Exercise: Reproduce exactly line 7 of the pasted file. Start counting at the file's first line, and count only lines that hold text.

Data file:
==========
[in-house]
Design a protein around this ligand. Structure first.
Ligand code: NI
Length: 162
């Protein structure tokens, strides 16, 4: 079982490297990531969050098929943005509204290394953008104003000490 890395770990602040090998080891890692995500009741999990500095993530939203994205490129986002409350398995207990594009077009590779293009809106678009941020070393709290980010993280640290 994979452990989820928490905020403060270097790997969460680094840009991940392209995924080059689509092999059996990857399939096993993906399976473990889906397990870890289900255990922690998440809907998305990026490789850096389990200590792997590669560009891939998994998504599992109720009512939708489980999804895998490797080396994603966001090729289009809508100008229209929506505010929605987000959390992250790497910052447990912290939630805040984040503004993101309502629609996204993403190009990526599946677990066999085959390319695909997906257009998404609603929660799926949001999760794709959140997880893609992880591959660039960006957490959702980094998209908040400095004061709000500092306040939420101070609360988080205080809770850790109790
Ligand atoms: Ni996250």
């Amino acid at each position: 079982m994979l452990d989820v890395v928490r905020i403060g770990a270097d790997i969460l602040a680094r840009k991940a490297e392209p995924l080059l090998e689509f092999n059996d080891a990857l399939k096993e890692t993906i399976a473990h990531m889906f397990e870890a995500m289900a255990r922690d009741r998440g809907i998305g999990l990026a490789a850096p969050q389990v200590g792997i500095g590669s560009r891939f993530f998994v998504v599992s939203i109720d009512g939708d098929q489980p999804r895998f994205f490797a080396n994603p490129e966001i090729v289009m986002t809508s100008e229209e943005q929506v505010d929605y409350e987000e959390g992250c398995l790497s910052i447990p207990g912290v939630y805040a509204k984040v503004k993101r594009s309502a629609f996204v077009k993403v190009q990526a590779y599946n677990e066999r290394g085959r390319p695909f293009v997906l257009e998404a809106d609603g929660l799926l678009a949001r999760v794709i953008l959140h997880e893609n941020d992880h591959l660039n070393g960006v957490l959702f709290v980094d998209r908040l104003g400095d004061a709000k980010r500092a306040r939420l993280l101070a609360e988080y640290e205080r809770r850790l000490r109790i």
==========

């Amino acid at each position: 079982m994979l452990d989820v890395v928490r905020i403060g770990a270097d790997i969460l602040a680094r840009k991940a490297e392209p995924l080059l090998e689509f092999n059996d080891a990857l399939k096993e890692t993906i399976a473990h990531m889906f397990e870890a995500m289900a255990r922690d009741r998440g809907i998305g999990l990026a490789a850096p969050q389990v200590g792997i500095g590669s560009r891939f993530f998994v998504v599992s939203i109720d009512g939708d098929q489980p999804r895998f994205f490797a080396n994603p490129e966001i090729v289009m986002t809508s100008e229209e943005q929506v505010d929605y409350e987000e959390g992250c398995l790497s910052i447990p207990g912290v939630y805040a509204k984040v503004k993101r594009s309502a629609f996204v077009k993403v190009q990526a590779y599946n677990e066999r290394g085959r390319p695909f293009v997906l257009e998404a809106d609603g929660l799926l678009a949001r999760v794709i953008l959140h997880e893609n941020d992880h591959l660039n070393g960006v957490l959702f709290v980094d998209r908040l104003g400095d004061a709000k980010r500092a306040r939420l993280l101070a609360e988080y640290e205080r809770r850790l000490r109790i």